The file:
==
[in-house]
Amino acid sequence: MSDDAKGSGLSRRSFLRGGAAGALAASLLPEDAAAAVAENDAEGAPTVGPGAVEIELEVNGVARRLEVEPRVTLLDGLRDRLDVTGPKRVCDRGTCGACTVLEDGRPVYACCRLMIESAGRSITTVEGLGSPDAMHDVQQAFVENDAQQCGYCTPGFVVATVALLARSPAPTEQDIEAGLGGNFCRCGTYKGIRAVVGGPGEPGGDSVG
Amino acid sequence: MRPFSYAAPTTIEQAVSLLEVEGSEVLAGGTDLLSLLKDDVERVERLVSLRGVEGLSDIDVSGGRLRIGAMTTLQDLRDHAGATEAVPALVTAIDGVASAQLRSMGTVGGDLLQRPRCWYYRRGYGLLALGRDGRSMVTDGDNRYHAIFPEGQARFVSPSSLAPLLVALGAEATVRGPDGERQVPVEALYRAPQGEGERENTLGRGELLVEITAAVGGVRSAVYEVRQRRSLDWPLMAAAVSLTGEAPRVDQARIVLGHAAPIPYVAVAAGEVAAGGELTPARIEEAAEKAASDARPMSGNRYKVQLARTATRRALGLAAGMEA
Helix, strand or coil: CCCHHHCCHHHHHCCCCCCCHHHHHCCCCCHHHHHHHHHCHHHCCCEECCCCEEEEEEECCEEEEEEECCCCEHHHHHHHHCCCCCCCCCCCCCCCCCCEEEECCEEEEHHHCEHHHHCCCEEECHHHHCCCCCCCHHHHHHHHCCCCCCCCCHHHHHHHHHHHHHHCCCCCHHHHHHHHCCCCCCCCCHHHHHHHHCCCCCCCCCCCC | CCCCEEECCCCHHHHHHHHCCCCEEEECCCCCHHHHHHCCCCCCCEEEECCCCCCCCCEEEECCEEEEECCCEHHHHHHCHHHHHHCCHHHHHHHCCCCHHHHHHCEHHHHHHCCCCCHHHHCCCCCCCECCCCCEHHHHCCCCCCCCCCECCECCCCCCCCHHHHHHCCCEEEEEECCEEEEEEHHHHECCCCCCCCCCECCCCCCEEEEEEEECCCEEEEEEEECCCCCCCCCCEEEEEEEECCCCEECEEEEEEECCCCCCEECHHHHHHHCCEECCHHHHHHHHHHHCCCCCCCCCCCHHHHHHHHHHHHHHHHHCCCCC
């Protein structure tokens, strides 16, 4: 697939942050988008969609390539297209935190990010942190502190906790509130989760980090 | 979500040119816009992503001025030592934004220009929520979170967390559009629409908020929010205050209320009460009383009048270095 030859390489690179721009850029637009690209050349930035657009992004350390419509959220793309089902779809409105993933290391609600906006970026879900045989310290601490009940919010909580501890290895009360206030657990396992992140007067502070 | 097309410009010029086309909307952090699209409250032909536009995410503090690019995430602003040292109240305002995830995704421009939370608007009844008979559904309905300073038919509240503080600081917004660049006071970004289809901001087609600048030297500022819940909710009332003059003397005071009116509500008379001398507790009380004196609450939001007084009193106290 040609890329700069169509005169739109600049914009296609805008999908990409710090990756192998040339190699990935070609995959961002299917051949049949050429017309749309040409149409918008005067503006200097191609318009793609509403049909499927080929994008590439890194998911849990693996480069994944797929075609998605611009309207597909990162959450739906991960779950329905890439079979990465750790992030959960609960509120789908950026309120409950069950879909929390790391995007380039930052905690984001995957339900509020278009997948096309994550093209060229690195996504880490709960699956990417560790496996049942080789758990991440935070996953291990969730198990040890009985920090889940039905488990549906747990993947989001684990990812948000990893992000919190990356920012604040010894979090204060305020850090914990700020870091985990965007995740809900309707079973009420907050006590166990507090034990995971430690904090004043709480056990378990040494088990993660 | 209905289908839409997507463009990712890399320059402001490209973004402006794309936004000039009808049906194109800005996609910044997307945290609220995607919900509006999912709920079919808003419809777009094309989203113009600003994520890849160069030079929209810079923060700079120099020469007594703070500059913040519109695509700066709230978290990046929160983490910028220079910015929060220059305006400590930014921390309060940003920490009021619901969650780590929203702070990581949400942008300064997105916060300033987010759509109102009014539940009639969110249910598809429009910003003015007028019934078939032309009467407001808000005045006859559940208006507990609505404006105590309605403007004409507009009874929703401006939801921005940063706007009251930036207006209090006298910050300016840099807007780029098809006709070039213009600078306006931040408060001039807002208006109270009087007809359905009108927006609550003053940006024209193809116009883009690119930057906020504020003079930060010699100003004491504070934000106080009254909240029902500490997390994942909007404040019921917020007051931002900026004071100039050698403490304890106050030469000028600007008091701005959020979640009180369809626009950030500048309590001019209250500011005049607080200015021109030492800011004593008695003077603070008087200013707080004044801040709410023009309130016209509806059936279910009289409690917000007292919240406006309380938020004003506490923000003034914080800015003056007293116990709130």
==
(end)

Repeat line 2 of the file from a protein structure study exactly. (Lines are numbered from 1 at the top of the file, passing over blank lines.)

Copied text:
Amino acid sequence: MSDDAKGSGLSRRSFLRGGAAGALAASLLPEDAAAAVAENDAEGAPTVGPGAVEIELEVNGVARRLEVEPRVTLLDGLRDRLDVTGPKRVCDRGTCGACTVLEDGRPVYACCRLMIESAGRSITTVEGLGSPDAMHDVQQAFVENDAQQCGYCTPGFVVATVALLARSPAPTEQDIEAGLGGNFCRCGTYKGIRAVVGGPGEPGGDSVG